central bank account they can be made available to that bank’s client. This security of payment and the speed of settlement are two of the reasons that encourage central banks to undertake costly implementations of computerized RTGS systems. One response to the growing awareness of the need for sound risk management is the development of the RTGS. It offers a powerful mechanism in the inter-bank settlement process for limiting settlement and systemic risks.

7. India’s Initiatives on Payment System

Reserve Bank of India (RBI) – in order to make the financial system more efficient, effective and secure, has undertaken a number of initiatives in the field of payment systems. The thought behind the initiatives is that payment systems will widen the participant base, improve the information base for all participants, generate greater transparency and encourage good market practices, introduce efficient settlement mechanisms build better infrastructure to facilitate faster transactions and lower their costs. To facilitate above objectives Real Time Gross Settlement System (RTGS), as a part of inter-bank fund transfer system, was introduced with a view to lower transaction costs by speedier settlement, among other considerations. The inter-bank funds transfer system in India can be sorted into the Batch Mode (Net) and Real Time (Gross) System. In a Batch Mode, the transmission, processing and settlement is equipped for a set of transactions at a specific point of time and the disbursement on a pre-fixed interval of time i.e. at the end of the day. In the Real Time Gross System on the other side, the transmission, processing and settlement of instructions is done on an incessant basis. From March 26, 2004 the system of RTGS has been implemented in India. Now to be a part of the real time gross settlement system there are 120 scheduled commercial banks and primary dealers. For outward and inward RTGS payments, the participants are required to have a dedicated RTGS settlement account with RBI.   This account will be a intra day account. At the beginning of day the account will be required to be funded from a current account held with RBI.   Zeroing the RTGS settlement account is done by sweeping back the balance of this account in the end of the day.

8. Present Status of RTGS System

The country in constructing an efficient and durable payment system infrastructure, RTGS covers 15000 branches. These branches altogether make about 7000 transactions, worth Rs 50,000 crores spreading over 500 centres throughout the country. Even small towns in most of the states are sheltered under RTGS making it a National Payment System though the concentratio is on top 25 major centres. The volume of RTGS transactions are swiftly increasing. RTGS settled 0.72 million transactions in the month of March 2008 where as 1.94 million transactions in March 2009. Customer transactions settled in RTGS presently are 89 percent of total RTGS transactions and are growing.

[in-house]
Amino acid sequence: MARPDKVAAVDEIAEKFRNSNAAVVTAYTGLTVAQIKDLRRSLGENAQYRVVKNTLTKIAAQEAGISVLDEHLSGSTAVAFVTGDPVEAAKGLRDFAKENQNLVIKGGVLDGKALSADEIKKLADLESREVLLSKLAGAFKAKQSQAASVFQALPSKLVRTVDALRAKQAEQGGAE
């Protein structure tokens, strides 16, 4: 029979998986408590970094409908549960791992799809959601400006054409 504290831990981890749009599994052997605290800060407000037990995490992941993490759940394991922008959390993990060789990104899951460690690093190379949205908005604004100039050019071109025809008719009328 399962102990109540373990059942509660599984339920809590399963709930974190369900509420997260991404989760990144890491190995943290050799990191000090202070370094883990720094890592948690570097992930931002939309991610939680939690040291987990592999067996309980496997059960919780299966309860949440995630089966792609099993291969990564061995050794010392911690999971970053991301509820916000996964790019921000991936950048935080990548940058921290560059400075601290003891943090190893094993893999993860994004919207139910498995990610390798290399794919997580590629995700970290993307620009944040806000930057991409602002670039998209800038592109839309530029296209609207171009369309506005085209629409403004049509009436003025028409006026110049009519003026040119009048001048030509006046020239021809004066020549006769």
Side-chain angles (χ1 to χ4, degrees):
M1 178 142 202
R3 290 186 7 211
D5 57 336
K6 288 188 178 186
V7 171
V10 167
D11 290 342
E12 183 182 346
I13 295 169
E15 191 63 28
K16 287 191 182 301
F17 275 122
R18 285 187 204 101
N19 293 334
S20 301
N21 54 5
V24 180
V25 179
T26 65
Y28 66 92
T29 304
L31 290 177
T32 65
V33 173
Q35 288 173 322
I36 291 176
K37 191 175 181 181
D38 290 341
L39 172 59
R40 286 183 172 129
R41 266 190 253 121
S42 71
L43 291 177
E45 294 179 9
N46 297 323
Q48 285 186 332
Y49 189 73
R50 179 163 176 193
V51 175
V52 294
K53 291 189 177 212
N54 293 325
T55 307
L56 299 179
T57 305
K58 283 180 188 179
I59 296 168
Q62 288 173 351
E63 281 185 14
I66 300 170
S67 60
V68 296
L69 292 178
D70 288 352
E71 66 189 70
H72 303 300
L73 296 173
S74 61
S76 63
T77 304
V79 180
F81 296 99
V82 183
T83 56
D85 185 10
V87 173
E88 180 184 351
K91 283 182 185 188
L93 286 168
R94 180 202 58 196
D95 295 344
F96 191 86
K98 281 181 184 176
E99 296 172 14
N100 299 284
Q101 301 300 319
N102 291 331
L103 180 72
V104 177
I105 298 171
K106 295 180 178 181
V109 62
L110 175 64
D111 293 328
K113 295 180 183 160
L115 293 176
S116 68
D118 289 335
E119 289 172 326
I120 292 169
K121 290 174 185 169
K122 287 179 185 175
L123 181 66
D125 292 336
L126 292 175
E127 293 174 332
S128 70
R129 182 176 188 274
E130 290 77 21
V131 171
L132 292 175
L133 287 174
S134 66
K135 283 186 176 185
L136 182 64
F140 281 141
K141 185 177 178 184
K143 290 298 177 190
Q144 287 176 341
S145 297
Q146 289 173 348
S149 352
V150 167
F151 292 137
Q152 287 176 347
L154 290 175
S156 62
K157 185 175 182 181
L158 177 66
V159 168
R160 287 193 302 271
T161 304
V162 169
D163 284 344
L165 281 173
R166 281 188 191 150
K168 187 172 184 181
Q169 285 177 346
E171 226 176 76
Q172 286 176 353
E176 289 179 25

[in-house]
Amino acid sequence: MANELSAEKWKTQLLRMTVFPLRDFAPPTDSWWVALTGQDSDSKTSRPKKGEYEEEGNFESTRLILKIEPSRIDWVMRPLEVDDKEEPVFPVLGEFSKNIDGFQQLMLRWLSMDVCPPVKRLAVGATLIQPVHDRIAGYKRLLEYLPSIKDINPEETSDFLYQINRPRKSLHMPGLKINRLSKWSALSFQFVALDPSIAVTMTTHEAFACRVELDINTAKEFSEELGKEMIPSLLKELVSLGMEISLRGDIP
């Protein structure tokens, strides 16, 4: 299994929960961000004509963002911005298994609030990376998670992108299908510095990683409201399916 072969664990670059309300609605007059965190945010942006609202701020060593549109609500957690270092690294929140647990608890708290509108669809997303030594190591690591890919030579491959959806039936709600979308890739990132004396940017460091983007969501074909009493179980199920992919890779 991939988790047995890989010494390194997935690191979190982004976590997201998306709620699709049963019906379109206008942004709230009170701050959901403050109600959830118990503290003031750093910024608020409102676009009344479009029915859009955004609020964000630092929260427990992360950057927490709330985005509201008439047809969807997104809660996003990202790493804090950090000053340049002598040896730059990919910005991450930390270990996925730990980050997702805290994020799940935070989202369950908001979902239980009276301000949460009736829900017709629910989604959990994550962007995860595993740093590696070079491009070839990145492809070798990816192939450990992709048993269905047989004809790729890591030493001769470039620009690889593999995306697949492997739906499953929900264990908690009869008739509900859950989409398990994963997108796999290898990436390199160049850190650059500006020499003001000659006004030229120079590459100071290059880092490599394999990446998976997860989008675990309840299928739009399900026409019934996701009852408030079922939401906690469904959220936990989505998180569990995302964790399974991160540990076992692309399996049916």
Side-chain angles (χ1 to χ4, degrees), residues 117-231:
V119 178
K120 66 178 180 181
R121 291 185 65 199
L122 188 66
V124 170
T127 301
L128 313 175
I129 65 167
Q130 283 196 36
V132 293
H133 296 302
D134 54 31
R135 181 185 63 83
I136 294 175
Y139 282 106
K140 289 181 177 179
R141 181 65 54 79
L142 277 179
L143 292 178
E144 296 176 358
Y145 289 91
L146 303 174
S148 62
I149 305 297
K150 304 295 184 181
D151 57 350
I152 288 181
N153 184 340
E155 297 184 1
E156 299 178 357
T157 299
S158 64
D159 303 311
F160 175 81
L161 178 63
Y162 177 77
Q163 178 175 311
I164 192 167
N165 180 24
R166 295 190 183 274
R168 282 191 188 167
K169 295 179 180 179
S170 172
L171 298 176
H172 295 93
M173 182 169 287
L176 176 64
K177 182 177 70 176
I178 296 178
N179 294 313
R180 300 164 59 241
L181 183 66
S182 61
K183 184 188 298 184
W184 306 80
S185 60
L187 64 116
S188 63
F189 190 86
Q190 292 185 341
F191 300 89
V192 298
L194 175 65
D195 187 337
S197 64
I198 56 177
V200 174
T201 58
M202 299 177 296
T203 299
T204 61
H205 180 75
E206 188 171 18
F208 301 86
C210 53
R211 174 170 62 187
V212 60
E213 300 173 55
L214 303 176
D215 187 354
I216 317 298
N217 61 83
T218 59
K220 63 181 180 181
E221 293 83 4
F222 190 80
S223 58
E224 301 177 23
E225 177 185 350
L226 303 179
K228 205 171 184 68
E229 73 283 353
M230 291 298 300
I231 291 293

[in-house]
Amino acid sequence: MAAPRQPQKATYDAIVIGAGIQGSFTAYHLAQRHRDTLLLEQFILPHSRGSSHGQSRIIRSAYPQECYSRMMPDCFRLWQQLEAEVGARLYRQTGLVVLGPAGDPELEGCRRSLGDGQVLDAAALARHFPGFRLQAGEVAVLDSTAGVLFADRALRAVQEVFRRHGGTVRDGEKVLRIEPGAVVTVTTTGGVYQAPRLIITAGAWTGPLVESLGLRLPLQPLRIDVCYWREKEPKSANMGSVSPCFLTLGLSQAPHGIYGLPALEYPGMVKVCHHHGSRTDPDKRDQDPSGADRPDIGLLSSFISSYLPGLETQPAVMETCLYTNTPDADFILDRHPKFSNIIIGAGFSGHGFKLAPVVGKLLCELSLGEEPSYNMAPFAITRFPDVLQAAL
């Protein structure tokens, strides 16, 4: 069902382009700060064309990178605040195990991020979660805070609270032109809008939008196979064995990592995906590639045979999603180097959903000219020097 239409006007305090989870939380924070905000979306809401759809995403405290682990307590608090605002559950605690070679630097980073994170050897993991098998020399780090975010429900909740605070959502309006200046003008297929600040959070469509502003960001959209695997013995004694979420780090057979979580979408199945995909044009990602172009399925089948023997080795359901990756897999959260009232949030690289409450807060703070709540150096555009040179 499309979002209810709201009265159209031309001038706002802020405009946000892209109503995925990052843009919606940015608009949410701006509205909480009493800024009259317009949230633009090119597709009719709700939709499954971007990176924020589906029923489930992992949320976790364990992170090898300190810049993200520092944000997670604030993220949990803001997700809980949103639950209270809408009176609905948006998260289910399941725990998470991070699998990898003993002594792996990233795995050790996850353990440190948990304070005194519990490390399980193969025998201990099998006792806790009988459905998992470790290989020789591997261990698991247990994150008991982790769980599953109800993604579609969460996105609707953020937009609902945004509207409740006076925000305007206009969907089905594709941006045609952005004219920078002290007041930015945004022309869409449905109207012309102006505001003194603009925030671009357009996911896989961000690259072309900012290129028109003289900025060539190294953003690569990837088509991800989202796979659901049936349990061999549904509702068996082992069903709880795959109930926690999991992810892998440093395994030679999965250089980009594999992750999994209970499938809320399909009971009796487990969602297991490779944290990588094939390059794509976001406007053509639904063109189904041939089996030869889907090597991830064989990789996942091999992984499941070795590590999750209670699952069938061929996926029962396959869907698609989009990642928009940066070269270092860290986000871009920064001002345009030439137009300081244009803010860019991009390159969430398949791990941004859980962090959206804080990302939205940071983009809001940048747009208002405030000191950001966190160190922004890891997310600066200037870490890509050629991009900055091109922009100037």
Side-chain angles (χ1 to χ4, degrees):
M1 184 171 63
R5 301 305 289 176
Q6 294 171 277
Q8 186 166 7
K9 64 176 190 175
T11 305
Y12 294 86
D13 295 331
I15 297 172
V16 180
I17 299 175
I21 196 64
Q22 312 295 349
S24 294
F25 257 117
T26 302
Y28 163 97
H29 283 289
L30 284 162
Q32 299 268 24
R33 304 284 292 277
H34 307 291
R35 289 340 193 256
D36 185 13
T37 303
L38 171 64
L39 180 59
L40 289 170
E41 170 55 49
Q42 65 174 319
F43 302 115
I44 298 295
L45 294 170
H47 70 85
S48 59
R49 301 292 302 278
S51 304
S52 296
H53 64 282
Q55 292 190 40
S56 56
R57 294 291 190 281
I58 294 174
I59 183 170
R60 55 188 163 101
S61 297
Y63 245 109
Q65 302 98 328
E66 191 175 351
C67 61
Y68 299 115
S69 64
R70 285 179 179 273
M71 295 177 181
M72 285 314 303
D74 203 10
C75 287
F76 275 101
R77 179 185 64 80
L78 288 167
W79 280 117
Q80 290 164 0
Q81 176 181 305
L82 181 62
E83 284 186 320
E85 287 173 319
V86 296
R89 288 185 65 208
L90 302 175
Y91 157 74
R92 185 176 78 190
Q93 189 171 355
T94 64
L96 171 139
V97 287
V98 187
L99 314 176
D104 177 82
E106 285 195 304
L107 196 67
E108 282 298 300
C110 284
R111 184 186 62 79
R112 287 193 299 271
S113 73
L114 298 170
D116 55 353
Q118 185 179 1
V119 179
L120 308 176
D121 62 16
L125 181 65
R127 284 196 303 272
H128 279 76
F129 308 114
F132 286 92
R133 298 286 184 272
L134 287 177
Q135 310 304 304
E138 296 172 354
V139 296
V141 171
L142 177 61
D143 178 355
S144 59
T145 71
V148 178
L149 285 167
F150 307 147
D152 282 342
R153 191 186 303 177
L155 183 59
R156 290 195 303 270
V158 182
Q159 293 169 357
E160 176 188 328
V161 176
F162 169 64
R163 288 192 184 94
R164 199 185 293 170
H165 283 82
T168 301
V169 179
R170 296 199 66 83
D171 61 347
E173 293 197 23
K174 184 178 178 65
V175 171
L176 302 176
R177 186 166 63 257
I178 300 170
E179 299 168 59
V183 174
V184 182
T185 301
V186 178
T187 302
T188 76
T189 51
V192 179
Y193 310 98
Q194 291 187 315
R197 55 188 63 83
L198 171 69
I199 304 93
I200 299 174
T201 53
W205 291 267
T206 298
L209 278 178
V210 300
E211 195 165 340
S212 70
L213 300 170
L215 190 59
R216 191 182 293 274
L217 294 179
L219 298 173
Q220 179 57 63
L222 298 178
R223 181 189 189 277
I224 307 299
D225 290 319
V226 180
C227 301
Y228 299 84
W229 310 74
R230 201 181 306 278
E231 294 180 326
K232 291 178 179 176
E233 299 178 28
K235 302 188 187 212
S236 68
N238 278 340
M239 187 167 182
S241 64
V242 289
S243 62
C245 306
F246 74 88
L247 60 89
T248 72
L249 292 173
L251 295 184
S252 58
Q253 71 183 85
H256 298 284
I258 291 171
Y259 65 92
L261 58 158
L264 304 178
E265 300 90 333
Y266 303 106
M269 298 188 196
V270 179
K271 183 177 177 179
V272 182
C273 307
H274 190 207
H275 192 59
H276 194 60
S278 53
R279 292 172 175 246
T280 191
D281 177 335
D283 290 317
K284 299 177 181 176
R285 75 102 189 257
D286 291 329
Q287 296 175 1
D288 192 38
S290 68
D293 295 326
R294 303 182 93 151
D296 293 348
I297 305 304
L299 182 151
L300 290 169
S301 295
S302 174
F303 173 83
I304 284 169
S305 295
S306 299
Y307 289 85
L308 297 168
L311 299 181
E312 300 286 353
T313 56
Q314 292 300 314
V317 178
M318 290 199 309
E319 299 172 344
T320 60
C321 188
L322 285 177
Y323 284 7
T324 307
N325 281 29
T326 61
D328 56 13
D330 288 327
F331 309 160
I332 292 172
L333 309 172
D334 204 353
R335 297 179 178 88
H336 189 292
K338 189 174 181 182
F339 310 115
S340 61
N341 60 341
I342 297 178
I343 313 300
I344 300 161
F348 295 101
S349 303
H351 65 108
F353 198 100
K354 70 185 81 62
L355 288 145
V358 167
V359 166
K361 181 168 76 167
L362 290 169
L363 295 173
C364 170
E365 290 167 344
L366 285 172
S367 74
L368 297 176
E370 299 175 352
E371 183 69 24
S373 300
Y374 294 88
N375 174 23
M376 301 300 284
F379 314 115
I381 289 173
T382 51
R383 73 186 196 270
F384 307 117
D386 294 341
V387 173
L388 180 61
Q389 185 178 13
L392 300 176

9. Target of RTGS

1. Reducing settlement risk due to settlement lag

2. Reducing credit risk

3. Speeding up the process of high value payments and

4. To provide accurate position of the participating bank.

10. Requirements of RTGS

The simple conditions for availing this facility is as follows: —

1. The IFSC Code (4 Alpha+7numeric code) for the branch where the account is maintained.

2. Funds availability at clients account.

3. Name of the receiver and account number.

4. Name of the Bank of the receiving branch and branch code.

Exhibit 10.1

Sample format of RTGS settlement within India

In electronic payment systems it is mandatory that the account holder name must match exactly the name in bank records. In case of default the payment may refused.

11. Slap Limit and service availability for RTGS

The RTGS system is for large value transactions. 1 lakh is the minimum amount to be paid through RTGS .As soon as funds are transferred by the bank the beneficiary branches are probable to obtain the funds under regular state of affairs. Within two hours of being paid the funds transfer message the beneficiary bank must credit the beneficiary’s account. The RTGS service for customer’s on weekdays is from 9.00 to 16.30 hours and from 9.00 hours to 12.30 hours on Saturdays for settlement at the reserve bank of india end.

Service Charges for RTGS transactions

A broad framework has been mandated by RBI are as under

a) Free, no charge to be levied on inward transactions

b) For Rs. 1 lakh to Rs. 5 lakhs – not exceeding Rs. 25 per transaction on outward transactions.

For Rs. 5 lakhs and above not more than Rs. 50 per transaction for larger and outward transactions.

Types of Message Flow

A payment message is dispatched by the sending bank, which is sent to the central bank and to the receiving bank as the system processes and settles the transfer to commence a funds transfer.